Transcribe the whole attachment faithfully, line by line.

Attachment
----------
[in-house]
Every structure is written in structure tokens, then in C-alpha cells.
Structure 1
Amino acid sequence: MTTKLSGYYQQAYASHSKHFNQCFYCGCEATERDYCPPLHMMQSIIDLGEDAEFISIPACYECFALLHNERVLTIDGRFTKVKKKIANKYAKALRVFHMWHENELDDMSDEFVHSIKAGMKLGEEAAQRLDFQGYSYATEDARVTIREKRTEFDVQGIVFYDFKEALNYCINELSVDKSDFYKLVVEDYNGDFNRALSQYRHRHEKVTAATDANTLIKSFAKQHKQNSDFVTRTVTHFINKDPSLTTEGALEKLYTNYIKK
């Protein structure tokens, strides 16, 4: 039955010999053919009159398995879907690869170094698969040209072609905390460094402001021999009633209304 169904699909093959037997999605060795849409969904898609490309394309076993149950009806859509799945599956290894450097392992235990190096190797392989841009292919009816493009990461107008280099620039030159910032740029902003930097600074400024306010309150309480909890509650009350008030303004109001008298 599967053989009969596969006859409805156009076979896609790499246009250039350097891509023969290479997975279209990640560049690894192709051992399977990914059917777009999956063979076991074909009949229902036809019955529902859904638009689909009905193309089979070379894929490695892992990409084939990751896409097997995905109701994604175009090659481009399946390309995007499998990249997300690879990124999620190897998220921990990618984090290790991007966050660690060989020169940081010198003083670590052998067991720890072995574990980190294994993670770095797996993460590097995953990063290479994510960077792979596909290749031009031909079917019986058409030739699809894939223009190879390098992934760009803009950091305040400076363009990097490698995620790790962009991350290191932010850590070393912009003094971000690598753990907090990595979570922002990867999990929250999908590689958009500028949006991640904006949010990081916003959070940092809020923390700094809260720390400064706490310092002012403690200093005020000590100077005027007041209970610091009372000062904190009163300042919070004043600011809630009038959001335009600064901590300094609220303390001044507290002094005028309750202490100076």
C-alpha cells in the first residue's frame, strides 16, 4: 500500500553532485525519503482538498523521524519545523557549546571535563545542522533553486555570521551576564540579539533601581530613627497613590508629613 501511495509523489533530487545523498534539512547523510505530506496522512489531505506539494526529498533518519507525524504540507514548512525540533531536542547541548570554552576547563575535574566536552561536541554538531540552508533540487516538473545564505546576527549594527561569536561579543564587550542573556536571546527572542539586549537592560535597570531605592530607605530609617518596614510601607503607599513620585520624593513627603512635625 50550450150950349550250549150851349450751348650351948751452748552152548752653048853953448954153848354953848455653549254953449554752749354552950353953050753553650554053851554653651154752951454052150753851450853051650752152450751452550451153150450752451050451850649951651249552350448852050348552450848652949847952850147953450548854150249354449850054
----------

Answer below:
[in-house]
Every structure is written in structure tokens, then in C-alpha cells.
Structure 1
Amino acid sequence: MTTKLSGYYQQAYASHSKHFNQCFYCGCEATERDYCPPLHMMQSIIDLGEDAEFISIPACYECFALLHNERVLTIDGRFTKVKKKIANKYAKALRVFHMWHENELDDMSDEFVHSIKAGMKLGEEAAQRLDFQGYSYATEDARVTIREKRTEFDVQGIVFYDFKEALNYCINELSVDKSDFYKLVVEDYNGDFNRALSQYRHRHEKVTAATDANTLIKSFAKQHKQNSDFVTRTVTHFINKDPSLTTEGALEKLYTNYIKK
């Protein structure tokens, strides 16, 4: 039955010999053919009159398995879907690869170094698969040209072609905390460094402001021999009633209304 169904699909093959037997999605060795849409969904898609490309394309076993149950009806859509799945599956290894450097392992235990190096190797392989841009292919009816493009990461107008280099620039030159910032740029902003930097600074400024306010309150309480909890509650009350008030303004109001008298 599967053989009969596969006859409805156009076979896609790499246009250039350097891509023969290479997975279209990640560049690894192709051992399977990914059917777009999956063979076991074909009949229902036809019955529902859904638009689909009905193309089979070379894929490695892992990409084939990751896409097997995905109701994604175009090659481009399946390309995007499998990249997300690879990124999620190897998220921990990618984090290790991007966050660690060989020169940081010198003083670590052998067991720890072995574990980190294994993670770095797996993460590097995953990063290479994510960077792979596909290749031009031909079917019986058409030739699809894939223009190879390098992934760009803009950091305040400076363009990097490698995620790790962009991350290191932010850590070393912009003094971000690598753990907090990595979570922002990867999990929250999908590689958009500028949006991640904006949010990081916003959070940092809020923390700094809260720390400064706490310092002012403690200093005020000590100077005027007041209970610091009372000062904190009163300042919070004043600011809630009038959001335009600064901590300094609220303390001044507290002094005028309750202490100076």
C-alpha cells in the first residue's frame, strides 16, 4: 500500500553532485525519503482538498523521524519545523557549546571535563545542522533553486555570521551576564540579539533601581530613627497613590508629613 501511495509523489533530487545523498534539512547523510505530506496522512489531505506539494526529498533518519507525524504540507514548512525540533531536542547541548570554552576547563575535574566536552561536541554538531540552508533540487516538473545564505546576527549594527561569536561579543564587550542573556536571546527572542539586549537592560535597570531605592530607605530609617518596614510601607503607599513620585520624593513627603512635625 50550450150950349550250549150851349450751348650351948751452748552152548752653048853953448954153848354953848455653549254953449554752749354552950353953050753553650554053851554653651154752951454052150753851450853051650752152450751452550451153150450752451050451850649951651249552350448852050348552450848652949847952850147953450548854150249354449850054